NV Energy Postpones Construction of Coal-Fired Power Plant in Nevada

Utility Plans to Expedite North-South Transmission Line for Renewable Energy

WASHINGTON (February 9, 2009) – In response to increasing environmental and economic uncertainties, NV Energy announced today it is postponing the construction of a coal-fired power plant in eastern Nevada, according to a statement released by the company.

NV Energy still plans to build a 250-mile transmission line to link northern and southern Nevada upon approval from the Public Utilities Commission of Nevada (PUCN). The proposed transmission line will transport renewable energy from energy production facilities located in northern and southern Nevada to areas of the state where Nevadans can benefit from renewable energy sources. Following is a statement by Theo Spencer, Senior Advocate at the Climate Center of the Natural Resources Defense Council:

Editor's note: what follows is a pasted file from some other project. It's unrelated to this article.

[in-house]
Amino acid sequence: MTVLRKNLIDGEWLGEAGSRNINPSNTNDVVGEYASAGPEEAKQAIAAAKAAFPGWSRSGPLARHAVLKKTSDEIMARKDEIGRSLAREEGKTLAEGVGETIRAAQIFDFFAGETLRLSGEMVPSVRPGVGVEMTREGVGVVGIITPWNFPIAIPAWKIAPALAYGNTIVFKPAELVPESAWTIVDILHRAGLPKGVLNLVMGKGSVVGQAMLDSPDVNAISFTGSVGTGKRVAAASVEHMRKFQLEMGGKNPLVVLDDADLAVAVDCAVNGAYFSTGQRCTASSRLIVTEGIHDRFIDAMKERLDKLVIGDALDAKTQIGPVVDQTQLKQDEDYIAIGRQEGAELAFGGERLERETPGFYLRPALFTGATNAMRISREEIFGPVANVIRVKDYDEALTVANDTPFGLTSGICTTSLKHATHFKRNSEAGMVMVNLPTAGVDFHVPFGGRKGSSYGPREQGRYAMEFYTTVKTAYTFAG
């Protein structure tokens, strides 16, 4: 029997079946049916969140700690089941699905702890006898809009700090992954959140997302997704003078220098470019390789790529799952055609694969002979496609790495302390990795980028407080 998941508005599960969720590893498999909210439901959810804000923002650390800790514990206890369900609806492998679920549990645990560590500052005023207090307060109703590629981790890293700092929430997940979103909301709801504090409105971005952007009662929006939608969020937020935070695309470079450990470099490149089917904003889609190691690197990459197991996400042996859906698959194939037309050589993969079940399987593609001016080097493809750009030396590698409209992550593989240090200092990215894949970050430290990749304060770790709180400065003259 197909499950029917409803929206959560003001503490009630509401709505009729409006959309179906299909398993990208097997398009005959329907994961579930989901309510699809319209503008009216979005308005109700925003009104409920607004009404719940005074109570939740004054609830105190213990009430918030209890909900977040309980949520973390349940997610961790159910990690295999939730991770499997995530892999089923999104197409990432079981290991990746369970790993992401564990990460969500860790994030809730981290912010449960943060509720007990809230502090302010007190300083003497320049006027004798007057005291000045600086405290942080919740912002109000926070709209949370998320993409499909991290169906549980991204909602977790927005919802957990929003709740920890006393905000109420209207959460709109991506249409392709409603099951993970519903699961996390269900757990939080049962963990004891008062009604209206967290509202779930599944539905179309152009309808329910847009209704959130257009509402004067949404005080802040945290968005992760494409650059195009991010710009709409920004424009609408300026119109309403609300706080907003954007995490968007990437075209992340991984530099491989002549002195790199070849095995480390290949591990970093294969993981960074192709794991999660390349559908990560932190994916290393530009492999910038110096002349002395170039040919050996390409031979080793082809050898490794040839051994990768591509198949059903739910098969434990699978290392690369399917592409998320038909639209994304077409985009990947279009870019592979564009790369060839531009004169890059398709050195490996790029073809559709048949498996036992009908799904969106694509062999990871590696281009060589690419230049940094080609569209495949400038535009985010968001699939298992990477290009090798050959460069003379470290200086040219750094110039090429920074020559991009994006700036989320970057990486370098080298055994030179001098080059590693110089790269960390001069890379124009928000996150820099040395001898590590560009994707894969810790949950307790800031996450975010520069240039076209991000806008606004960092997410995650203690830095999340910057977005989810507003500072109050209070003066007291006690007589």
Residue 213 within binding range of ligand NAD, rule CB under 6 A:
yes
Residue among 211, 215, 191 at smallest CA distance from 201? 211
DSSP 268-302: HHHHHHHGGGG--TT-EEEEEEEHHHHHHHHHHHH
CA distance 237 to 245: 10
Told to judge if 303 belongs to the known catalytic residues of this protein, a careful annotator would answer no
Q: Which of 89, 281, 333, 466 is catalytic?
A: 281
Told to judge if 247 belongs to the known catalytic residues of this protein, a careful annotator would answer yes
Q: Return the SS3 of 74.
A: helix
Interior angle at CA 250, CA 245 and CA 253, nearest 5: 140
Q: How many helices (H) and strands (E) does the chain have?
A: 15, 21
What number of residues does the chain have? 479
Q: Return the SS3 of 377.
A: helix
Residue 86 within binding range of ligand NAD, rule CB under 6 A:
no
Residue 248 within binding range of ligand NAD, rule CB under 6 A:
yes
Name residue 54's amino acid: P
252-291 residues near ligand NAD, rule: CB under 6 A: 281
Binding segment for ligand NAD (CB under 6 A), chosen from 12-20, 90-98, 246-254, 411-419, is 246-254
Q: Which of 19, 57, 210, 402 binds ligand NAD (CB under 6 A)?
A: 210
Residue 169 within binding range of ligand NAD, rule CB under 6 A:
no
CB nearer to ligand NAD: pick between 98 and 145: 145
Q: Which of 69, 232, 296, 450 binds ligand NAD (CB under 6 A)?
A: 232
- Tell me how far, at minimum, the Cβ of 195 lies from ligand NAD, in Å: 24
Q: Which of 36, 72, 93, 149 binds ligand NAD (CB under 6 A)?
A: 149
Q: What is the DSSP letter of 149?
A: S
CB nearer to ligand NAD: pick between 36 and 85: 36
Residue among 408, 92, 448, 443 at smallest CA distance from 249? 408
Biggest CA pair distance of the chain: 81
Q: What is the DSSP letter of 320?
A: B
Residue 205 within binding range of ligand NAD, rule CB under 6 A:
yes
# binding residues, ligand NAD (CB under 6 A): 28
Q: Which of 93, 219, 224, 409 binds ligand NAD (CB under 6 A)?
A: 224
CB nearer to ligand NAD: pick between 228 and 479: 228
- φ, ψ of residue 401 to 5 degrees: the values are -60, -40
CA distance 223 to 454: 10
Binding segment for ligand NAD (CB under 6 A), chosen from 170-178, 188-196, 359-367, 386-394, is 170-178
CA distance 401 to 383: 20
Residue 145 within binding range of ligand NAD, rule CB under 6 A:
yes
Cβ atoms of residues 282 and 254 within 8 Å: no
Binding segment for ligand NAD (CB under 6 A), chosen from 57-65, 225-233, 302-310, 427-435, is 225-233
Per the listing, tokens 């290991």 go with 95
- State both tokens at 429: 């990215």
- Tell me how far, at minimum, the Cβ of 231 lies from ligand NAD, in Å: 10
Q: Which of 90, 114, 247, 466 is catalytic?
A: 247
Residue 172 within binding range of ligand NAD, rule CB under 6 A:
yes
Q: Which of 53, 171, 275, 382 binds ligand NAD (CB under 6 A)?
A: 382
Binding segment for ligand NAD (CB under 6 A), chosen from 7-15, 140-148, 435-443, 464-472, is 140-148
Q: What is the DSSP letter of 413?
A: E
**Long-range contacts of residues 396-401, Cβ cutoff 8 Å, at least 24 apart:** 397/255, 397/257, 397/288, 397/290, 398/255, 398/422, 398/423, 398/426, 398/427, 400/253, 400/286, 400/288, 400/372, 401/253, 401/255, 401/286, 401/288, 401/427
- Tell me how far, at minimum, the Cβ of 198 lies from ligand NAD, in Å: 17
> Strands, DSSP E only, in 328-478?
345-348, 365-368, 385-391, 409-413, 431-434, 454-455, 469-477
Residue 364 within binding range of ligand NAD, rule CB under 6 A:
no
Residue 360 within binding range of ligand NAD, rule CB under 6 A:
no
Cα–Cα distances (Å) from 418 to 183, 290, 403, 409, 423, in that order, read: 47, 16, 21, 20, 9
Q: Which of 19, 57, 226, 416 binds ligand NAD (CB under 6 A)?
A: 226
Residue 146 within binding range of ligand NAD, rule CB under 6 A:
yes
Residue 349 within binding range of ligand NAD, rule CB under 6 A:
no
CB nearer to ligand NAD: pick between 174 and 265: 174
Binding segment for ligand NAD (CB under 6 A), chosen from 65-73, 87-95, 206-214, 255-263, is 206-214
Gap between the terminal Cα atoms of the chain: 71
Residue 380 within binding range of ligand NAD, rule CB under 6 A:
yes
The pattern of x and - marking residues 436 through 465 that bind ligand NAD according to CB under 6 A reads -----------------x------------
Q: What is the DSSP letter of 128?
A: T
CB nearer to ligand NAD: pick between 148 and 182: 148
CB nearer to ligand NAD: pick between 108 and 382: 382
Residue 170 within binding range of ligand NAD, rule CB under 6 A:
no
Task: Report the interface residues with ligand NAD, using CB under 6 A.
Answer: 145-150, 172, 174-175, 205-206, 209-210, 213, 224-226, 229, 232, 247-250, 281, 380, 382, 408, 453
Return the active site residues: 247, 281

“This is a big day for the people of Nevada, who will benefit from clean air and economic opportunity through renewable energy. No coal-fired power plant in America has been more closely watched or harder fought than this one, thanks to Senator Harry Reid’s early opposition to the project and the millions spent by industry pushing dirty coal in Nevada. Like other developers who have canceled or delayed projects in recent months, NV Energy realizes that carbon pollution will soon be federally regulated, and new, dirty coal plants are a bad deal for our environment, our economy and our health.

“Nevadans will benefit from clean air and from the jobs created by investments in renewable energy. Stopping construction of this coal-fired power plant and expediting the construction of a renewable energy transmission line makes environmental and economic sense.”